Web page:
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Dick Briefer’s Frankenstein

Dick Briefer cover artwork to Frankenstein No.16.If you’re a regular reader of this column then you’re obviously a person of taste and intelligence. You might also have noticed by now that, although it’s ostensibly a column about Horror Comics, I tend to go off on tangents as often as an ADHD toddler in a ‘Shiny Things’ factory.

This month however I’m going to narrow the beady eye of the column not only to Horror Comics but to one individual horror comic creator. I know that many of you might have turned up simply for the knob gags and the celebrity fisting anecdotes, but sometimes this column has to do exactly what it says on the tin. Especially if the tin says ‘shut up and get to the fucking point’.

The genius of Dick Briefer

This month’s column is all about the comics genius of Dick Briefer.

Seconds after I typed that last sentence the phone rang. It was a friend of mine who’s a noted comics journalist. He asked what I was writing and when I told him it was a piece about the comic creator Dick Briefer he said: “Who? Isn’t that like a porn star’s name?” Which pretty much sums up  why I’m writing about Briefer for this column.

Dick Briefer is one of the most sorely neglected writers and artists who’ve ever worked in comics. Sixty years ago his work would sell close to a million copies and now hardly anyone has heard of him. This is an incredible shame as he’s fast becoming one of my favourite creators from the 40s and 50s.

Like many comic greats, Briefer started his comics career working for the now legendary Eisner-Iger studio, that supplied comics to many of the New York publishers during the boom years of the Golden Age. Over the years he wrote and drew cowboy stories, crime comics, fantasy shorts and science fiction strips. Like every American comics creator of his time he also drew a lot of super hero comics. Writing and drawing as Dick Hamilton he created Target and the Targeteers for Novelty Comics and under the pseudonym Dick Floyd, it’s believed, he wrote and drew The Adventures of Pinky Rankin for the Daily Worker, the organ of the American Communist Party. My personal favourite of all the superheroes that Briefer worked on is the Bronze Terror, the son of a Native American Chief, who trained as a lawyer but now fights corporate American corruption as a costumed avenger in order to uphold the rights of the First Americans.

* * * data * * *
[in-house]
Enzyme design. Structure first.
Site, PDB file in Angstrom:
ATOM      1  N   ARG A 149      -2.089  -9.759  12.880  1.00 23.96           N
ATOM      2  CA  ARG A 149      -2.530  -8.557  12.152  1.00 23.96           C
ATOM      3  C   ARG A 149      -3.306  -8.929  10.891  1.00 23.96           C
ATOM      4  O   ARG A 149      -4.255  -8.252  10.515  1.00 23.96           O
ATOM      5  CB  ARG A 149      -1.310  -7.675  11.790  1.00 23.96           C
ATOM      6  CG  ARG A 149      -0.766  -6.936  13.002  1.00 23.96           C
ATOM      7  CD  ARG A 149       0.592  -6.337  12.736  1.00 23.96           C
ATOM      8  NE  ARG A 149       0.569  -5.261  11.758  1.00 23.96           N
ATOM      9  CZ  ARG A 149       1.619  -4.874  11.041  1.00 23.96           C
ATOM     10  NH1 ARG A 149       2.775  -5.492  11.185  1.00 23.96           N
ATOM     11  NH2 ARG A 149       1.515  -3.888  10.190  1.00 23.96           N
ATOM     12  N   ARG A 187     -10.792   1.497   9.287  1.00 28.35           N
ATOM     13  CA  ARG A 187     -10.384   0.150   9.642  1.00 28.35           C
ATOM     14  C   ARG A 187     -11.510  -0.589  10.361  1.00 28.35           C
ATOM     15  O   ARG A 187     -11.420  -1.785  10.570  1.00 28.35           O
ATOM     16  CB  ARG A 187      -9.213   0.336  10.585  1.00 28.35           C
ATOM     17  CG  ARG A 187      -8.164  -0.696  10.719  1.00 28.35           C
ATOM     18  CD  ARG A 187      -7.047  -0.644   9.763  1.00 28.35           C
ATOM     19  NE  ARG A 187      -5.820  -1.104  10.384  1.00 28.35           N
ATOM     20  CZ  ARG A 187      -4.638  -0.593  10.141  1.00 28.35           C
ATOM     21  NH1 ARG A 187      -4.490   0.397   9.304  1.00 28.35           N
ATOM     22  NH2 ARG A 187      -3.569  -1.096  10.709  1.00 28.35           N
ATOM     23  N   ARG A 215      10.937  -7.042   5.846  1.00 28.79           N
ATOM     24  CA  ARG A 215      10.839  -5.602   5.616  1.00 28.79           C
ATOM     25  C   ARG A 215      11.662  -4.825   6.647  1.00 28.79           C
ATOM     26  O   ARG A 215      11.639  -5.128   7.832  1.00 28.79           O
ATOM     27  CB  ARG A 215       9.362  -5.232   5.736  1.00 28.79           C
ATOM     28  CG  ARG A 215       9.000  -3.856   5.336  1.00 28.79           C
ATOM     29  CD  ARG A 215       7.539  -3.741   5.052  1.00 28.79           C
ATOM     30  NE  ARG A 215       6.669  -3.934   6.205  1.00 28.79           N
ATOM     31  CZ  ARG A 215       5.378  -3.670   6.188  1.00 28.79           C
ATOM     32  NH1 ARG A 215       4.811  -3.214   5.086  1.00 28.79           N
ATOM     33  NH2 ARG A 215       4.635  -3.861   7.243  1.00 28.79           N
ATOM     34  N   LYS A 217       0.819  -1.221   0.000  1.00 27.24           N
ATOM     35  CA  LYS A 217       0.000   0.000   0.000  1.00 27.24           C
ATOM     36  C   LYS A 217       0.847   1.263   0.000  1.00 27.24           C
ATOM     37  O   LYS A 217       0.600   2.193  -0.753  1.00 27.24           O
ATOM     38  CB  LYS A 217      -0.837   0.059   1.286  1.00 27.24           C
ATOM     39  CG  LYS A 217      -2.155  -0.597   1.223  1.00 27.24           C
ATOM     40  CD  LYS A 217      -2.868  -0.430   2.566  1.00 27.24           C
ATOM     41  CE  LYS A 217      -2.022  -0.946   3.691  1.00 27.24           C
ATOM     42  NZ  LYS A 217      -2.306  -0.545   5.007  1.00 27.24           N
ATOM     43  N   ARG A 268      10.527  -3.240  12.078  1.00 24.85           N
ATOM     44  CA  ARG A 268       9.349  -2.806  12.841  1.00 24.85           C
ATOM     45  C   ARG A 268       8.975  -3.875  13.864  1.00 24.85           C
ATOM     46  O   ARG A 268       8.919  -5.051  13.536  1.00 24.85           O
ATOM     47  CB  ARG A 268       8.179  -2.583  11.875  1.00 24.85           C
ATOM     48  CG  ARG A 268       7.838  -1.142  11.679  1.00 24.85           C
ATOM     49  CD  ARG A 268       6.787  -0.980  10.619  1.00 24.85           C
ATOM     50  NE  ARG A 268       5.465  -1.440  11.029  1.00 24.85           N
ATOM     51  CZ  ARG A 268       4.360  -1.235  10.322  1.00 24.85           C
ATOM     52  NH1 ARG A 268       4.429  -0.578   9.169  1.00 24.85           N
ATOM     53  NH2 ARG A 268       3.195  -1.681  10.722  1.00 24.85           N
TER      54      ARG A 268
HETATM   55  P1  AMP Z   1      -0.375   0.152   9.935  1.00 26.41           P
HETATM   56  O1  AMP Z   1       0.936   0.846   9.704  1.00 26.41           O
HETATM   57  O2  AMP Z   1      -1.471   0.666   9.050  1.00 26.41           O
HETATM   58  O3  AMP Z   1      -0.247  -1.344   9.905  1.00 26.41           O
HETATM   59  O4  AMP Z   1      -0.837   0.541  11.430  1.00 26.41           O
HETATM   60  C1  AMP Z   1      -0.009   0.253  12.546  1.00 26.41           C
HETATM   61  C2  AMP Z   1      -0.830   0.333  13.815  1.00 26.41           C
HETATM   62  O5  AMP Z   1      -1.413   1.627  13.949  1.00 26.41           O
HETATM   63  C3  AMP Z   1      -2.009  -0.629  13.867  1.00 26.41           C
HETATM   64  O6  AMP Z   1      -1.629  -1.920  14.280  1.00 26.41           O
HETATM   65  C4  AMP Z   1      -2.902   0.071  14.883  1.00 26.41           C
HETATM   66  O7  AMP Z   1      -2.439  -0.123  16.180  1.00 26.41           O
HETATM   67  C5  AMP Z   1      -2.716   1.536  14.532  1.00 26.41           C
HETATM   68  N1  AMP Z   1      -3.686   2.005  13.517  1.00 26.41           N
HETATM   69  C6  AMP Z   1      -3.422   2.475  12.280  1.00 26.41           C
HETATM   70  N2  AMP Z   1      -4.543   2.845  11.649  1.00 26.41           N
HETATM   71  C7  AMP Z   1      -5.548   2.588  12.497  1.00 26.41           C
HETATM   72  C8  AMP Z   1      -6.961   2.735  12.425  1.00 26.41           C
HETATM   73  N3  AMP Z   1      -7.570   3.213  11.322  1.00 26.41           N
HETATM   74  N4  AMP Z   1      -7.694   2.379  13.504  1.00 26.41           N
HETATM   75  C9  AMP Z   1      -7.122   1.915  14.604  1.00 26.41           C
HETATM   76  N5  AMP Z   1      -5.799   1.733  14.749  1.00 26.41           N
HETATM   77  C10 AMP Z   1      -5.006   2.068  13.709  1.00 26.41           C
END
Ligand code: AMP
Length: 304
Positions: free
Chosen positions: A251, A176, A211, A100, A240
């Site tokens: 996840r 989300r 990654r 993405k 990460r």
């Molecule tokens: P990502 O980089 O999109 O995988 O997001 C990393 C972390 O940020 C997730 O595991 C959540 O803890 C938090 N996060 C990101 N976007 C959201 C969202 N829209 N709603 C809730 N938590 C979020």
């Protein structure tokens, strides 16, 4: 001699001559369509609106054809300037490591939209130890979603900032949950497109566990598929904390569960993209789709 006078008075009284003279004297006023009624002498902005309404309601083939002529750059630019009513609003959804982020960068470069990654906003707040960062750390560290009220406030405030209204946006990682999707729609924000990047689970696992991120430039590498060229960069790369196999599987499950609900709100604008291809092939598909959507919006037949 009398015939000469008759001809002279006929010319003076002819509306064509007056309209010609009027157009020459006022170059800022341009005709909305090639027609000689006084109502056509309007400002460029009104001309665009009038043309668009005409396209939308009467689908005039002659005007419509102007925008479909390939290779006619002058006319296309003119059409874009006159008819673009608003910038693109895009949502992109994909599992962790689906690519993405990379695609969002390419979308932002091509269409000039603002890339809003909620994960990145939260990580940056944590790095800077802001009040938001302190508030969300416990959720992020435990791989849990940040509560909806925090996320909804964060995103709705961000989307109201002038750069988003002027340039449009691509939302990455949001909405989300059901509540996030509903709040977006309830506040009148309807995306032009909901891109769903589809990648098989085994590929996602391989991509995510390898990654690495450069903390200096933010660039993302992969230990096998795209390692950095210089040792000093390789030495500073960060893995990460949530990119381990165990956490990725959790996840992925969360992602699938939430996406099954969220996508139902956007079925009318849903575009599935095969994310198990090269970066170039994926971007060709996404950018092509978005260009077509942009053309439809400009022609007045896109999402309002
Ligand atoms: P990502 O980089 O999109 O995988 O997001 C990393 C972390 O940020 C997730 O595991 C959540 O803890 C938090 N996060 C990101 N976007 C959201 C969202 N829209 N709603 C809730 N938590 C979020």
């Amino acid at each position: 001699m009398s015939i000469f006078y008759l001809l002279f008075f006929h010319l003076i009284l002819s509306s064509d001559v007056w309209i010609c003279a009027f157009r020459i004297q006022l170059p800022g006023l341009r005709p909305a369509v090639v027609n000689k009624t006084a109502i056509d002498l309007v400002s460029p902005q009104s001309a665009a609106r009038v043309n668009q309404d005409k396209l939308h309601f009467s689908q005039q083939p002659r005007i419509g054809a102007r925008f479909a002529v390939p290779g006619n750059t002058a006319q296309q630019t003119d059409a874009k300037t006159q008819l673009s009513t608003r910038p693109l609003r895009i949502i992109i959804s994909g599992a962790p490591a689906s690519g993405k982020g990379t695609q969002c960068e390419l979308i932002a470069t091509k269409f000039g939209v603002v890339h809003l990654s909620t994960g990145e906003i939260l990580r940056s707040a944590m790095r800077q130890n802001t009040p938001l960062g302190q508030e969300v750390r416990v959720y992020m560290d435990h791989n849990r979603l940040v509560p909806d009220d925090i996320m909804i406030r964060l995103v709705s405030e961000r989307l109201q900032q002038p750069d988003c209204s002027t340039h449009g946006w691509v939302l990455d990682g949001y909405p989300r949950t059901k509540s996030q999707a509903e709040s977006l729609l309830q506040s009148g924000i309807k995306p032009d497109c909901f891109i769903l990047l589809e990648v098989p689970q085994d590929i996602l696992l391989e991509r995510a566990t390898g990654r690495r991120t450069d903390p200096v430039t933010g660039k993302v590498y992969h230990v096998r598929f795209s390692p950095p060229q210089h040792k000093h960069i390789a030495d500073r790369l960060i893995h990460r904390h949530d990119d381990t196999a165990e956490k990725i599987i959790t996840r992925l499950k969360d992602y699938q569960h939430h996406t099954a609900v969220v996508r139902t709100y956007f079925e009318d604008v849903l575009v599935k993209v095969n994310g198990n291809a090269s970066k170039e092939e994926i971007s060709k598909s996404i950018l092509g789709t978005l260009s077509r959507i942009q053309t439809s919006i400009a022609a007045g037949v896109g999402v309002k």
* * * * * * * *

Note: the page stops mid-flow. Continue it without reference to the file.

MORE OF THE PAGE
However, if Briefer is remembered at all these days it is for creating what many argue is the first on-going horror comic for Prize Comics, namely Frankenstein. Possibly inspired by the 1940 midnight revival of Universal’s Frankenstein movie from a decade before, Briefer convinced his publisher that, as the character was in the public domain, it would make a great on-going series. He updated the story to a modern setting and redesigned the character to avoid any legal action from Universal.

Two decades before Jack Kirby and Stan Lee unleashed the Incredible Hulk on the world, Briefer’s Frankenstein was a rampaging behemoth, unleashed by an unwitting scientist, persecuted by the authorities and fighting sometimes against and sometimes alongside teams of superheroes. Briefer’s creation was a lot more terrifying than the Hulk though. He never transformed back into a man and he tore scores of innocent bystanders apart without any conscience, simply to torment the man who created him. Eventually the monster was brainwashed into hating Nazis and was co-opted into the fight against Hitler.